In Prayer

This is another day, O Lord.

I know not what it will bring forth,

but make me ready, Lord, for whatever it may be.

If I am to stand up, help me to stand bravely.

If I am to sit still, help me to sit quietly.

If I am to lie low, help me to do it patiently.

And if I am to do nothing, let me do it gallantly.

Make these words more than words,

and give me the Spirit of Jesus.  Amen.

(Book of Common Prayer)

Just Now

From Longing to Pray, by Ellsworth Kalas:

“[The psalmist] may well get over these feelings an hour from now, or certainly a week, a month, or a year from now. But that isn’t the point. The point is that he hurts just now, and that’s what his prayer is dealing with…. Just now, he hurts, and hurts deeply. Tell him later that he should have been more patient, and that he should have trusted God. That’s all right for later. But just now, it hurts, and he isn’t writing later, he’s writing just now.”

Psalm 102:1-11 (ESV) 

A prayer of one afflicted, when faint and pleading before the Lord.

1 Hear my prayer, O Lord;
    let my cry come to you!
Do not hide your face from me
    in the day of my distress!
  Incline your ear to me;
    answer me speedily in the day when I call!

For my days pass away like smoke,
    and my bones burn like a furnace.
My heart is struck down like grass and has withered;
    I forget to eat my bread.
Because of my loud groaning
    my bones cling to my flesh.
I am like a desert owl of the wilderness,
    like an owl of the waste places;
I lie awake;
    I am like a lonely sparrow on the housetop.
All the day my enemies taunt me;
    those who deride me use my name for a curse.
For I eat ashes like bread
    and mingle tears with my drink,
10 because of your indignation and anger;
    for you have taken me up and thrown me down.
11 My days are like an evening shadow;
    I wither away like grass.

 

“This is strong language, no doubt about it, but it is so strong precisely because the psalmist is so confident of God’s character. He isn’t afraid that God’s love is provisional, that it will be withdrawn if we speak anything other than our better thoughts. In a sense, we can pay God no higher complement than to speak with utter candor. Such honesty reflects the quality of a truly great friendship–a friendship secure enough that we can speak our minds.”  (Longing to Pray, p 22-23)

Thanks Giving

From The Book of Common Prayer:

O Lord, accept our thanks and praise for all that you have done for us. We thank you for the splendor of the whole creation, for the beauty of this world, for the wonder of life, and for the mystery of love.

We thank you for the blessing of family and friends, and for the loving care which surrounds us on every side.

We thank you for setting us at tasks which demand our best efforts, and for leading us to accomplishments which satisfy and delight us.

We thank you also for those disappointments and failures that lead us to acknowledge our dependence on you alone.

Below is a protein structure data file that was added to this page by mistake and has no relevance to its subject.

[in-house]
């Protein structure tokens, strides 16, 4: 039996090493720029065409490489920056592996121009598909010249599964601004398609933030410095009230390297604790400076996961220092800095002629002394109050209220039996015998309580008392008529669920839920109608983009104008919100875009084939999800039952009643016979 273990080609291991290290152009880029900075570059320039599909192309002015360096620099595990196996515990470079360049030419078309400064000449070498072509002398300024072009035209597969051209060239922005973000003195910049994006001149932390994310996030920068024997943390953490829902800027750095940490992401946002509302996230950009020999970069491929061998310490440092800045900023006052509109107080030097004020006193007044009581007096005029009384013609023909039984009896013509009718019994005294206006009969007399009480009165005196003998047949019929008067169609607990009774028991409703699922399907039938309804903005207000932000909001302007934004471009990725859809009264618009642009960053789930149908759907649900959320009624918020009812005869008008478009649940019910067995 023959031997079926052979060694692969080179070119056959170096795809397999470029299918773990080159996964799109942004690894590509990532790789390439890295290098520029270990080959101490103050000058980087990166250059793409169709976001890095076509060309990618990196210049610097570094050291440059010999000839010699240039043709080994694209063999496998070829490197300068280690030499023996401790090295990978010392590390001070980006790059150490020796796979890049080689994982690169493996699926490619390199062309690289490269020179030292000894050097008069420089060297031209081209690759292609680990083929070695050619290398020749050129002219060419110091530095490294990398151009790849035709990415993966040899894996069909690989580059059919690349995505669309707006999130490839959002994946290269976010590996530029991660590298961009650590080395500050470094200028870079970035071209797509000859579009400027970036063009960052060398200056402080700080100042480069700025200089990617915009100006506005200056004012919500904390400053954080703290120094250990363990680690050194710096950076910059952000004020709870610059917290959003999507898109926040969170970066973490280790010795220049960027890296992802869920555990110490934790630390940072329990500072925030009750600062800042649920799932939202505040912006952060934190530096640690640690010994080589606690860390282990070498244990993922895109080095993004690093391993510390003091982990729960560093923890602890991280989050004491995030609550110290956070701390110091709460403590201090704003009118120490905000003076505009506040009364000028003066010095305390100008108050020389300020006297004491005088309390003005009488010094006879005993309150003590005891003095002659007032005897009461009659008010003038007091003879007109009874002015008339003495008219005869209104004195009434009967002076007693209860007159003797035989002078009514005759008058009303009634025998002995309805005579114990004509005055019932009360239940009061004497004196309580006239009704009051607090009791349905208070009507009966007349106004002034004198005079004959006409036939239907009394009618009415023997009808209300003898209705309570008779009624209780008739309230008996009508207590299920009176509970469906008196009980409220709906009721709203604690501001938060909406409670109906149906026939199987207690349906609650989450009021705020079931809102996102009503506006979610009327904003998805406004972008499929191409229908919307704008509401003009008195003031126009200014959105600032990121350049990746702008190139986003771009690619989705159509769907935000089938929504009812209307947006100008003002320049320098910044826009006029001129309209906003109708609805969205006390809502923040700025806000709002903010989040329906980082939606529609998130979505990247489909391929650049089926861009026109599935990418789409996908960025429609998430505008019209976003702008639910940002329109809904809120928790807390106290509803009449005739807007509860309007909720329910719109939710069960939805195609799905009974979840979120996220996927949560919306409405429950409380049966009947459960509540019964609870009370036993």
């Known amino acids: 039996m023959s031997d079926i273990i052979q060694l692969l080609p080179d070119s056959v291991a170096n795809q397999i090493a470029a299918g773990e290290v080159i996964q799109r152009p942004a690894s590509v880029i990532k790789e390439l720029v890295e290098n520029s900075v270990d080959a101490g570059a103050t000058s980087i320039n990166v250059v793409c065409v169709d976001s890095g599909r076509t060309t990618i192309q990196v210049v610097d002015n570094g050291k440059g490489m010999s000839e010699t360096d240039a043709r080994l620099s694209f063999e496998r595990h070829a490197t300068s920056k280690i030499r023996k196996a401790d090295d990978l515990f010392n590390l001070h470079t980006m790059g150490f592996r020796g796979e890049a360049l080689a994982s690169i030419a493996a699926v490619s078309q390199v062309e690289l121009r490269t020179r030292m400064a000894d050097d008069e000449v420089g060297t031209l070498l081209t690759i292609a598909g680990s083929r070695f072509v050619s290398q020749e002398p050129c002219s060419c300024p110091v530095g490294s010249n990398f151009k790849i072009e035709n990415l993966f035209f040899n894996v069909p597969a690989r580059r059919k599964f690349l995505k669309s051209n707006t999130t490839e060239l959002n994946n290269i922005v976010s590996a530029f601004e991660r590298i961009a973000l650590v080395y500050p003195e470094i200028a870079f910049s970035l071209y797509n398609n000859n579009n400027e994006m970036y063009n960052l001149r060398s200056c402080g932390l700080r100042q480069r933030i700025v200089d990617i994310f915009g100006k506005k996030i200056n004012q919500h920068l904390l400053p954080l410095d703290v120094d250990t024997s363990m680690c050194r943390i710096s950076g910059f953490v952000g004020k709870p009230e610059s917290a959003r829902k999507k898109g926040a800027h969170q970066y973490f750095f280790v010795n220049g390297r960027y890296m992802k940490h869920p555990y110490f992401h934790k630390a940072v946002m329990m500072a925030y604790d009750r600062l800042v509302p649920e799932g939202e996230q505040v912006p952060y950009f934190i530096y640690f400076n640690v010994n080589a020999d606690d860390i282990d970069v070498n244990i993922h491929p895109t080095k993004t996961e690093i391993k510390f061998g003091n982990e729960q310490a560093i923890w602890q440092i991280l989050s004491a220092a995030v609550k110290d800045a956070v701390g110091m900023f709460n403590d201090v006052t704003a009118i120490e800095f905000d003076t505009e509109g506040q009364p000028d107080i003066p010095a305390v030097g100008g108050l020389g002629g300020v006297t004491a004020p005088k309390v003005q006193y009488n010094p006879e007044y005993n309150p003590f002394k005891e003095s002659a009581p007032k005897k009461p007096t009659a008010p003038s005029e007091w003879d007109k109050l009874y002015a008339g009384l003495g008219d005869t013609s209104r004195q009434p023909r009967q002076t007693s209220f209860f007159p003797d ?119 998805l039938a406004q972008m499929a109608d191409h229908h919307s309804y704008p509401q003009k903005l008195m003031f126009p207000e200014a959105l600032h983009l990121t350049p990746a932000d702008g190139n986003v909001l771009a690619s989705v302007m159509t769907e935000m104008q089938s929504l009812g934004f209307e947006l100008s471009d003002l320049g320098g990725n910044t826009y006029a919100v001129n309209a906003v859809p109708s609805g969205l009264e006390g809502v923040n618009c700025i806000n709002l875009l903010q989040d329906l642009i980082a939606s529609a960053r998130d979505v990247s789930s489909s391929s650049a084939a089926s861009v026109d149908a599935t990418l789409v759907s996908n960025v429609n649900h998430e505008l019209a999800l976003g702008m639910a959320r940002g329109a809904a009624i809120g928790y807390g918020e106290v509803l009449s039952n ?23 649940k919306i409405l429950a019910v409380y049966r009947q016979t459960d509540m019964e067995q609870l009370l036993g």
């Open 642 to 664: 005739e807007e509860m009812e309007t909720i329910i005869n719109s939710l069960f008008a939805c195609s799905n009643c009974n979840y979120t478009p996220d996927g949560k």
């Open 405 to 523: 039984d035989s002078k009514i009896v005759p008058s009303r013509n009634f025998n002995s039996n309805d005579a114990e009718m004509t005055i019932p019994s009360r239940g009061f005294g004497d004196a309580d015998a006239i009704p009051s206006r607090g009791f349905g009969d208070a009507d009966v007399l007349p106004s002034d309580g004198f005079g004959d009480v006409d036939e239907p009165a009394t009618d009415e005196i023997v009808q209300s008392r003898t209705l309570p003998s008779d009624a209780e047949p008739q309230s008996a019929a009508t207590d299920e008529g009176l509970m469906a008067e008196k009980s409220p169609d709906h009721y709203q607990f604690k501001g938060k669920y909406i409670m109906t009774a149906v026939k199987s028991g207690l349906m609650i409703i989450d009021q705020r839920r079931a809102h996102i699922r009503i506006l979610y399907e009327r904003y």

Above all, we thank you for your Son Jesus Christ; for the truth of his Word and the example of his life; for his steadfast obedience, by which he overcame temptation; for his dying, through which he overcame death; and for his rising to life again, in which we are raised to the life of your kingdom.

Grant us the gift of your Spirit, that we may know him and make him known; and through him, at all times and in all places, may give thanks to you in all things. Amen.

Hallowed Ground

How much more ought we to cherish and marvel at the fact that for nearly two thousand years people have prayed this prayer. When you take these words on your lips you stand on hallowed ground.”  N.T. Wright, The Lord and His Prayer

Matthew 6:5-15 (NRSV)

“And whenever you pray, do not be like the hypocrites; for they love to stand and pray in the synagogues and at the street corners, so that they may be seen by others. Truly I tell you, they have received their reward. But whenever you pray, go into your room and shut the door and pray to your Father who is in secret; and your Father who sees in secret will reward you.

“When you are praying, do not heap up empty phrases as the Gentiles do; for they think that they will be heard because of their many words. Do not be like them, for your Father knows what you need before you ask him.

“Pray then in this way:

Our Father in heaven,
    hallowed be your name.
    Your kingdom come.
    Your will be done,
        on earth as it is in heaven.
    Give us this day our daily bread.
    And forgive us our debts,
        as we also have forgiven our debtors.
    And do not bring us to the time of trial,
        but rescue us from the evil one.

For if you forgive others their trespasses, your heavenly Father will also forgive you; but if you do not forgive others, neither will your Father forgive your trespasses.